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November 21, 2006

December 3, 2006: Edward Tufte


IRiSS will host a visit by Yale professor emeritus of political science, computer science and statistics Edward R. Tufte on Sunday, December 3. The celebrated expert on designing visual data displays will describe the progress of his life and illustrious career. For information about the program, please contact cthomsen@stanford.edu.

Posted by cthomsen at 11:39 AM

November 06, 2006

Fairness and Accountability in US Elections

"In the Voting Booth, Bias Starts at the Top" was the lead for an op-ed piece in the New York Times this Saturday, written by IRiSS Associate Director Jon Krosnick.

Professor Krosnick writes, "People who are first in line at a movie know they have the best chance of getting the seats they want. When students answer multiple-choice questions incorrectly, they usually choose one of the first options offered. When people taste-test four brands of beer, they tend to prefer the one they try first.

And so it is with voting. Candidates listed first on the ballot get about two percentage points more votes on average than they would have if they had been listed later (flipping a 49 to 51 defeat into a 51 to 49 victory). In fact, in about half the races I have studied, the advantage of first place is even bigger — certainly big enough to win some elections these days.

When do voters gravitate to the first name they see? Based on the more than 100 elections in Ohio that a colleague and I studied, it’s when voters know little or nothing about the candidates, or when the candidates’ party affiliations are not listed on the ballot, or when the incumbent (whom voters typically know at least somewhat) is not running for re-election. Thus, some voters apparently feel an obligation or desire to vote even when they have no basis for choosing a candidate and are drawn to the first name they read.

But even in well-publicized major national races, being listed first can help. Some people walk into the voting booth feeling ambivalent, and in the end just grab the name on top so they can get out of the booth.

How do we know this? Well, consider this: In California’s 80 Assembly districts, candidate name order is randomly assigned. In 1996, Bill Clinton’s vote tally was 4 percentage points higher in the Assembly districts where he was listed first than in the ones where he was listed last — a difference that persisted even after we took into account pre-existing Democratic registration levels in the districts.

In 2000, George W. Bush’s vote tally was 9 percentage points higher in the districts where he was listed first than in the districts where he was listed last — again, persisting with registration taken into account.

Of course, these issues are not confined to California. My research team spent a year reading statutes and contacting secretaries of state and county boards of elections to learn about their naming procedures. We found an array of idiosyncratic — and disturbing — rules governing the placement of names on the ballot.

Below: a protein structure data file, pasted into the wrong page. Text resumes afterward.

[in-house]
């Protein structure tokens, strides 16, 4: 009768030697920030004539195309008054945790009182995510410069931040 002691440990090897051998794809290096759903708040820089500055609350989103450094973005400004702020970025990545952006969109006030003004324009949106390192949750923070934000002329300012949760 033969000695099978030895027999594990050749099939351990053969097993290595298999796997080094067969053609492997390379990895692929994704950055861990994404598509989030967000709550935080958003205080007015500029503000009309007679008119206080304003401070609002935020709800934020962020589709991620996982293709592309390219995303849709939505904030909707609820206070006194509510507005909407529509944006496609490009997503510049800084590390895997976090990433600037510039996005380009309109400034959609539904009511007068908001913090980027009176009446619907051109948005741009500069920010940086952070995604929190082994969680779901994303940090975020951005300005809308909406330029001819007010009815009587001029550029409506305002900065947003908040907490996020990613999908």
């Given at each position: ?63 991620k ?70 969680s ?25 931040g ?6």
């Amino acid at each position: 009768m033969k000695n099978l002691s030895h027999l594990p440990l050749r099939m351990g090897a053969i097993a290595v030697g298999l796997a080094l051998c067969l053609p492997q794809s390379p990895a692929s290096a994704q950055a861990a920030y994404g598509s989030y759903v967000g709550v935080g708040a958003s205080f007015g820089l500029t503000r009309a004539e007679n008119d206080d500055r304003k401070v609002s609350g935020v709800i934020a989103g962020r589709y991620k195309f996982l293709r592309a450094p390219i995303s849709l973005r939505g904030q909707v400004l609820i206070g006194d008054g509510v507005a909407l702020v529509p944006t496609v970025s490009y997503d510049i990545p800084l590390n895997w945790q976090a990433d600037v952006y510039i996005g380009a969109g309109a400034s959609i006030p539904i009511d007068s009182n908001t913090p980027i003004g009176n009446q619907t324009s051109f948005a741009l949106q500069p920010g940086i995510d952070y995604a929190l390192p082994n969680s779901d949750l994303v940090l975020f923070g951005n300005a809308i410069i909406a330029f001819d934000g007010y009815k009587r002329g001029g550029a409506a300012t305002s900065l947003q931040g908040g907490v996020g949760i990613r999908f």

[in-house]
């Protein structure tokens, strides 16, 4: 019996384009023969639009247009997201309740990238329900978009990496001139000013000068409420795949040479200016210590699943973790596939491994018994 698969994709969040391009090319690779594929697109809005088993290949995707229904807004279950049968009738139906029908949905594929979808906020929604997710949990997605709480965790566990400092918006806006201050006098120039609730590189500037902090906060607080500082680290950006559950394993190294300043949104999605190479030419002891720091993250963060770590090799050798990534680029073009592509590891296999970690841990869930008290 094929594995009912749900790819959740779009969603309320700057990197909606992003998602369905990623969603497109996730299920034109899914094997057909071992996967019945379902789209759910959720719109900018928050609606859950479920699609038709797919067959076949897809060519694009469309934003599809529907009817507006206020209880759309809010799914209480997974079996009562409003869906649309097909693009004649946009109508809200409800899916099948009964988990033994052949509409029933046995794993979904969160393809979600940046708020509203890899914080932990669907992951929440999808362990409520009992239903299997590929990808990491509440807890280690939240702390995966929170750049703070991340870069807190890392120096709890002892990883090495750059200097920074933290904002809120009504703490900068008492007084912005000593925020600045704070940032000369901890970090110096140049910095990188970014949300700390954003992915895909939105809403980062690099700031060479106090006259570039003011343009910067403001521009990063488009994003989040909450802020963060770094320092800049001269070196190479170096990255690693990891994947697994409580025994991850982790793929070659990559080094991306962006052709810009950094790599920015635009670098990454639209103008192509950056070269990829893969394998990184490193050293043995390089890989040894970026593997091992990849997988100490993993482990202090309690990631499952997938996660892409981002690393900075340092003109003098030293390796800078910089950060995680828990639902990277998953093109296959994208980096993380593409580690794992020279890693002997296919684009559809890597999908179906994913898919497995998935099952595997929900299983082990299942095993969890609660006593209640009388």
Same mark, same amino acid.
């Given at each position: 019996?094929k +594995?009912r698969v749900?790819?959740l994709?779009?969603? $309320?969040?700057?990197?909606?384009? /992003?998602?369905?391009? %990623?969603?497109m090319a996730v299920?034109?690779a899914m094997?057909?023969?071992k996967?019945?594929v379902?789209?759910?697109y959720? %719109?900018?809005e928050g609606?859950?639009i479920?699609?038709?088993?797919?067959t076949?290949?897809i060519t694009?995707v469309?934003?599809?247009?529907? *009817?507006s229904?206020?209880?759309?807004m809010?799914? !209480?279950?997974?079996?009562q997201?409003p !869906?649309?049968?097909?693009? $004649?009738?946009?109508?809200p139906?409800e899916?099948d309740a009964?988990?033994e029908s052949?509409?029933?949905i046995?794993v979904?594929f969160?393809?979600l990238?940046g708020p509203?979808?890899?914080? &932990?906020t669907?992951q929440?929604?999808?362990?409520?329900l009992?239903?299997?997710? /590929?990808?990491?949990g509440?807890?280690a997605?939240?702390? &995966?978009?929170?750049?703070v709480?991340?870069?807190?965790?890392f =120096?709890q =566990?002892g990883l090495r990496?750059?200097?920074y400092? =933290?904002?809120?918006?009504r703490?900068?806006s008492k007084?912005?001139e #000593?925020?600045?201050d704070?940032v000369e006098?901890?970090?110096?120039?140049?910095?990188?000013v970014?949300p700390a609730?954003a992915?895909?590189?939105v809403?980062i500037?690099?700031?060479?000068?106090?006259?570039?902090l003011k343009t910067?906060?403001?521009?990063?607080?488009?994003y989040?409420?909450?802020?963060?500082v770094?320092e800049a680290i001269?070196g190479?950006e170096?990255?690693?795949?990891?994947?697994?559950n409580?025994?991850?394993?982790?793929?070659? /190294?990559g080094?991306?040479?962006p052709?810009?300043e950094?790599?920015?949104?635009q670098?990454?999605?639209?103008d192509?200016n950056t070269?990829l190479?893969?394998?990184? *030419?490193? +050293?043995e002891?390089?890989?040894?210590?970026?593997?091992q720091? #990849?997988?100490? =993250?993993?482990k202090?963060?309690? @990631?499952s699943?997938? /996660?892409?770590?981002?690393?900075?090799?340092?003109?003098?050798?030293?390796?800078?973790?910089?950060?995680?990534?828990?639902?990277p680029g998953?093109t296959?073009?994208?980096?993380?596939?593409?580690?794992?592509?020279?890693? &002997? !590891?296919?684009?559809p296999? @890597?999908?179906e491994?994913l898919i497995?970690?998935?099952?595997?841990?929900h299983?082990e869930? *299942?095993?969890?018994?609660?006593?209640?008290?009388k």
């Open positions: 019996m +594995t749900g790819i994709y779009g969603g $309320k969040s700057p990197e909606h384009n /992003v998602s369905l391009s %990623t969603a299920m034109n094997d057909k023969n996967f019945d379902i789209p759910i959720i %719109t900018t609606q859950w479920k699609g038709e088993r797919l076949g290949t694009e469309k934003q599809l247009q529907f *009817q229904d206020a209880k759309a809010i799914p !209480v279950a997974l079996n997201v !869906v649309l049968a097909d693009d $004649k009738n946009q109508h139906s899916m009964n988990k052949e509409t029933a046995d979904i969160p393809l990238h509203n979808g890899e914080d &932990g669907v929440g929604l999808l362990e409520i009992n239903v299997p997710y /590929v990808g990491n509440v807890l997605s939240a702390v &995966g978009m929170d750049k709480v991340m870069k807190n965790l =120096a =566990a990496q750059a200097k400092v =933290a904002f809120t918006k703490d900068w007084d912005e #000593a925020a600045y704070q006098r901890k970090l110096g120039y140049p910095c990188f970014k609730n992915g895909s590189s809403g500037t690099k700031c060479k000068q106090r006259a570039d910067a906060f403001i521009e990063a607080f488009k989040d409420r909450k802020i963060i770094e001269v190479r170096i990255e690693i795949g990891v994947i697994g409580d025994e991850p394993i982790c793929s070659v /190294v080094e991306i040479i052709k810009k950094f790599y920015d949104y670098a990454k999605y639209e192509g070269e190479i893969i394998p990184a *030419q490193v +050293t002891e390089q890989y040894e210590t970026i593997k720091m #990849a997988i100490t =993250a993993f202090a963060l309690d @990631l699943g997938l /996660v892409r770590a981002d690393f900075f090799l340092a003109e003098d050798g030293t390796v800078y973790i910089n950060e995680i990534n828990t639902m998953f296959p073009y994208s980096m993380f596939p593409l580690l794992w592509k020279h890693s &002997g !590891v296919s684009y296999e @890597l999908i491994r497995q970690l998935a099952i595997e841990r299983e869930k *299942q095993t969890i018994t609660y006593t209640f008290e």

In Florida, for instance, candidates from the governor’s party get top billing, which is why in 2000 and 2004 George W. Bush was listed first on every ballot. (His brother, Jeb, was governor.) In Delaware and Tennessee, by contrast, Democrats always come first.

Some states — like Alabama and North Carolina — list candidates alphabetically by party (meaning that Democrats always precede Republicans); others, like Hawaii and Vermont, list candidates alphabetically by name. Massachusetts always puts incumbents first; others simply allow elections officials to list names in whatever order they please. (Surprise: research by Robert Darcy of Oklahoma State University shows that when given the choice, election officials tend to list their own party’s candidates first.)

Perhaps the most endearing procedure is in Minnesota, where candidates from the party that received the fewest votes in the most recent election are listed first.

Thankfully, the question of bias and name placement on ballots is finally beginning to get the attention it deserves. In August, the Supreme Court of New Hampshire declared unconstitutional the state’s procedure for listing first the names of candidates whose party had received the most votes in the preceding state general election.

Other states should solve this problem — particularly because an effective technique for name placement exists.

Ohio uses a system that is the model of fairness and accountability. Candidate names are rotated from precinct to precinct, so every candidate is listed first an equal number of times, and observers can inspect ballots on Election Day to be sure the rotation was done properly. Idaho, North Dakota, Wyoming and a few other states use versions of this system.

That’s not to say that Ohio executes this system perfectly. For example, in 2004, with the permission of Secretary of State Kenneth Blackwell, a Republican, many Ohio counties ignored the rotation law and listed John Kerry last twice as often as the law allowed. And also with Mr. Blackwell’s approval, Mahoning County’s touch-screen voting machines supposedly rotated candidate name order from voter to voter.

For too long, the placement of names on ballots has been in the shadows. In fact, the government commissions formed since 2000 to improve election procedures barely mention candidate name order. And while it’s too late to do anything about name placement for Tuesday’s elections, we can eliminate this brand of bias in the 2008 elections.

We should acknowledge the wisdom of the New Hampshire Supreme Court and adopt the rotating name-ordering procedures throughout the country. When it comes to our ballots, and our elections, integrity has to come first on the list."

Posted by cthomsen at 09:18 AM